To what extent do crisis managers report that social media improved their management of the crisis?

RQ3.

To what extent does social media use predict extent of crisis managers’ sense of control during a crisis?

RQ4.

To what extent did social media use predict how well the local government recovered from the crisis?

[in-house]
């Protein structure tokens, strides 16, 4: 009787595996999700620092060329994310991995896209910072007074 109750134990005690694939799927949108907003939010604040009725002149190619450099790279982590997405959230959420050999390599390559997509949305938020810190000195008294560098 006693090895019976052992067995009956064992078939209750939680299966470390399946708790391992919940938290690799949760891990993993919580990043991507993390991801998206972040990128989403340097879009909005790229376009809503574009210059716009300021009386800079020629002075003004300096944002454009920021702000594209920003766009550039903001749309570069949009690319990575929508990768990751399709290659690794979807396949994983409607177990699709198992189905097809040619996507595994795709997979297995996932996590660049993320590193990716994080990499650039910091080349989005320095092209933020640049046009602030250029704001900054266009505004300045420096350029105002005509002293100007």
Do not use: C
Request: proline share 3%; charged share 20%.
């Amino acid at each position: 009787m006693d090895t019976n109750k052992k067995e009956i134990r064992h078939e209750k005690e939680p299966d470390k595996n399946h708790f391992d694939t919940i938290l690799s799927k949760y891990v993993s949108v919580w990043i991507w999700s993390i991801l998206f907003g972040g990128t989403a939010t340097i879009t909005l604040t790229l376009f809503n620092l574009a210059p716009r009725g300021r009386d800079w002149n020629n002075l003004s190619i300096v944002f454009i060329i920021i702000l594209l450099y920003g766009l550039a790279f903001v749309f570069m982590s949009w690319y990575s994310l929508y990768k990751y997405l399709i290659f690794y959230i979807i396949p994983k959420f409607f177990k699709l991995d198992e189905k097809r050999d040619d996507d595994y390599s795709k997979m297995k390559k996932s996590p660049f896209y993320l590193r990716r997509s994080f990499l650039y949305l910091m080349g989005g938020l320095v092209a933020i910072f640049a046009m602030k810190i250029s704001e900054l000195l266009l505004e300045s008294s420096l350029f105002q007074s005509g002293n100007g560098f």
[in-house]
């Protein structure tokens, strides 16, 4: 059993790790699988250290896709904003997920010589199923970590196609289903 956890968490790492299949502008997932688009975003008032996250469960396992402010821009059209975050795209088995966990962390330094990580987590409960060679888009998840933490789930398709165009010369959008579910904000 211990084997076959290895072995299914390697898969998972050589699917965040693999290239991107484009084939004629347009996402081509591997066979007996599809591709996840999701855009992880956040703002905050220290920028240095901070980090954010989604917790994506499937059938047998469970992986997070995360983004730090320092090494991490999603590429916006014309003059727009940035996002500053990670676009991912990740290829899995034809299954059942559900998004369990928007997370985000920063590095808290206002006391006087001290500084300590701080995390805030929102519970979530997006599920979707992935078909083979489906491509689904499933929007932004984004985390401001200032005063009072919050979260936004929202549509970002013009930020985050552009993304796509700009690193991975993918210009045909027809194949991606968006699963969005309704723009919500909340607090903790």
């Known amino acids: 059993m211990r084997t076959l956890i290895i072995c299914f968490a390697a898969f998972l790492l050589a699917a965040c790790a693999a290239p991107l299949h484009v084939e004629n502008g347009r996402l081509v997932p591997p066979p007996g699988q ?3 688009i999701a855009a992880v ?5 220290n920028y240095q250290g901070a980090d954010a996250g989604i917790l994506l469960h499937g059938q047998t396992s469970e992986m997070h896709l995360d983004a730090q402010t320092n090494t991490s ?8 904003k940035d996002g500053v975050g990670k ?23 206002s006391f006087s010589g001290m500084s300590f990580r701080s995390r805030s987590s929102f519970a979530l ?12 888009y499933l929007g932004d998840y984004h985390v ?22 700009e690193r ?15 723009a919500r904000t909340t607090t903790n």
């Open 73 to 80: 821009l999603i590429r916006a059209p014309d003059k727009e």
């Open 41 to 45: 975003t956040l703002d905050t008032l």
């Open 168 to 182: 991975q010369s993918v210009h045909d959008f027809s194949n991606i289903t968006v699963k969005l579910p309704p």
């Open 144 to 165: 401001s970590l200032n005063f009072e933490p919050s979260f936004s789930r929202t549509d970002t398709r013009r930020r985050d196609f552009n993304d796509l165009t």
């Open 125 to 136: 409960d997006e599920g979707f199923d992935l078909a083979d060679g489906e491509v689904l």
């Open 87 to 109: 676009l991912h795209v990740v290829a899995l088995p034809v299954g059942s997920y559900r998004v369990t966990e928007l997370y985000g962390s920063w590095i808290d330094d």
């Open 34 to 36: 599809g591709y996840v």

2.4. Social media and crisis communication Digital media, and in particular social media, have been catalysts for great change in the practice of crisis communication. However, research has only begun to analyze the role and potential of social media in crises (Jin, Liu, & Austin, 2014; Liu, Austin, & Jin, 2011; Schultz, Utz, & Goritz, 2011; Utz, Schultz, & Glocka, 2012). The goal of crisis communication is to convey the right information to the right people, and social media enable rapid information exchange. Mayfield (2006) describes social media as human communication that presents characteristics of openness, participation, conversation, community, and connectedness. The results from an American Red Cross (2011) survey reveal that Americans are increasingly reliant on social media and mobile technologies to learn about ongoing disasters and to seek help and to share information after emergencies. Research shows that during a crisis an audience’s social media use increases (Smith, 2011), and social media are often perceived to be more credible sources than traditional mass media (Procopio & Procopio, 2007). Both journalists and their publics frequently rely on social media for news ideas and information (GWU & Cision, 2009; Lariscy, Avery, Sweetser, & Howes, 2009). A recent study by Liu, Fraustino, and Jin (2015) reveals there is no single social media form preferred for disseminating information about a crisis and that continued investment is needed in ensuring many different communication forms are utilized. 2.5. Situational crisis communication theory Coombs’ situational crisis communication theory, SCCT, is undoubtedly the most commonly used theory to examine crisis communication and management (Coombs, 2004, 2007). In sum, SCCT suggests that an organization’s crisis response should correspond to the extent of its responsibility for the crisis and the reputational threat posed by the crisis (Coombs, 2007). Jin and Liu (2010) proposed a modification of the SCCT that incorporates social media, the social-mediated crisis communication model (SMCC) to guide crisis managers in their social media efforts and activities following a crisis. In particular, SMCC outlines the interactions between an organization involved in a crisis and the different types of publics who produce and consume information about the crisis via social media (Liu et al., 2013). The first public described in SMCC involves people who create crisis information for others to consume and are known as influential social media creators. The second public in SMCC is known as social media followers and includes those who consume the influential social media creators’ crisis information. The third public identified by SMCC includes individuals who consume the informational social media creators’ information indirectly, social media inactives. By identifying different publics using SMCC, crisis managers, through monitoring social media, can know how and when to respond online. Also revealing best practices for practitioners amidst crisis, Veil, Buehner, and Palenchar (2011) propose guidelines for organizations to follow in incorporating social media tools in risk and crisis communication. They recommend: “1) Determine social media engagement as part of the risk and crisis management policies and approaches; 2) Incorporate social media tools in environmental scanning to listen to risk and crisis bearer concerns; 3) Engage social media in daily communication activities; 4) Join the conversation, including rumor management, and determine best channels to reach segmented publics; 5) Check all information for accuracy and respond honestly; 6) Follow and share messages with credible sources; 7) Recognize that the media is already using social media; 8) Remember that social Please cite this article in press as: Graham, M. W., et al. The role of social media in local government crisis communications. Public Relations Review (2015), http://dx.doi.org/10.1016/j.pubrev.2015.02.001